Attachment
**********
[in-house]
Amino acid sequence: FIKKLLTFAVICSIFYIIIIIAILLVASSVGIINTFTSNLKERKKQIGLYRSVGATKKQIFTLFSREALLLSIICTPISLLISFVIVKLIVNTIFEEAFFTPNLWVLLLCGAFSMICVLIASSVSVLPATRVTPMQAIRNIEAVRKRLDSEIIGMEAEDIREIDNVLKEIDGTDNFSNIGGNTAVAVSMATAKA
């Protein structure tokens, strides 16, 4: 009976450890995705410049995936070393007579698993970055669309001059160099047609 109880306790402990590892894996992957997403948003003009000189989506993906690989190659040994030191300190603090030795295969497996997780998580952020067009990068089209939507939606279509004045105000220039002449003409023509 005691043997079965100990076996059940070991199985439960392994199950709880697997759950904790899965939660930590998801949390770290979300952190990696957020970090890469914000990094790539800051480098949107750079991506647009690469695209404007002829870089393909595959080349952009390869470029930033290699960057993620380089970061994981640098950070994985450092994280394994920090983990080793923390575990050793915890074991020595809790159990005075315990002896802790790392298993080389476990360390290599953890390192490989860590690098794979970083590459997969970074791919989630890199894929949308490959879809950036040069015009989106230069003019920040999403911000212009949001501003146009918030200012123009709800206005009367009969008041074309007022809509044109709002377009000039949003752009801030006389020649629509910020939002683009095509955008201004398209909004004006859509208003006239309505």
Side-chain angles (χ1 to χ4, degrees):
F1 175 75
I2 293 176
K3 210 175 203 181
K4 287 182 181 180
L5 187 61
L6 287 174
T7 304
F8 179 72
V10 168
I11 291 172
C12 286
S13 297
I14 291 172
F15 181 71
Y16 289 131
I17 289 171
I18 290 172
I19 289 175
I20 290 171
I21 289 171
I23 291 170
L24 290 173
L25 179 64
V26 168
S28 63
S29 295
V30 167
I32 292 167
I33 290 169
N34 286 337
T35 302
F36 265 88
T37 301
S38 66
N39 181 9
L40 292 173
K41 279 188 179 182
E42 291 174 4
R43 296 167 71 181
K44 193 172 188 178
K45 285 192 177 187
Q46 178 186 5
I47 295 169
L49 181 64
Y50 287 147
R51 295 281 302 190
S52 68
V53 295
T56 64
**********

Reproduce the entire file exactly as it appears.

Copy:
[in-house]
Amino acid sequence: FIKKLLTFAVICSIFYIIIIIAILLVASSVGIINTFTSNLKERKKQIGLYRSVGATKKQIFTLFSREALLLSIICTPISLLISFVIVKLIVNTIFEEAFFTPNLWVLLLCGAFSMICVLIASSVSVLPATRVTPMQAIRNIEAVRKRLDSEIIGMEAEDIREIDNVLKEIDGTDNFSNIGGNTAVAVSMATAKA
């Protein structure tokens, strides 16, 4: 009976450890995705410049995936070393007579698993970055669309001059160099047609 109880306790402990590892894996992957997403948003003009000189989506993906690989190659040994030191300190603090030795295969497996997780998580952020067009990068089209939507939606279509004045105000220039002449003409023509 005691043997079965100990076996059940070991199985439960392994199950709880697997759950904790899965939660930590998801949390770290979300952190990696957020970090890469914000990094790539800051480098949107750079991506647009690469695209404007002829870089393909595959080349952009390869470029930033290699960057993620380089970061994981640098950070994985450092994280394994920090983990080793923390575990050793915890074991020595809790159990005075315990002896802790790392298993080389476990360390290599953890390192490989860590690098794979970083590459997969970074791919989630890199894929949308490959879809950036040069015009989106230069003019920040999403911000212009949001501003146009918030200012123009709800206005009367009969008041074309007022809509044109709002377009000039949003752009801030006389020649629509910020939002683009095509955008201004398209909004004006859509208003006239309505």
Side-chain angles (χ1 to χ4, degrees):
F1 175 75
I2 293 176
K3 210 175 203 181
K4 287 182 181 180
L5 187 61
L6 287 174
T7 304
F8 179 72
V10 168
I11 291 172
C12 286
S13 297
I14 291 172
F15 181 71
Y16 289 131
I17 289 171
I18 290 172
I19 289 175
I20 290 171
I21 289 171
I23 291 170
L24 290 173
L25 179 64
V26 168
S28 63
S29 295
V30 167
I32 292 167
I33 290 169
N34 286 337
T35 302
F36 265 88
T37 301
S38 66
N39 181 9
L40 292 173
K41 279 188 179 182
E42 291 174 4
R43 296 167 71 181
K44 193 172 188 178
K45 285 192 177 187
Q46 178 186 5
I47 295 169
L49 181 64
Y50 287 147
R51 295 281 302 190
S52 68
V53 295
T56 64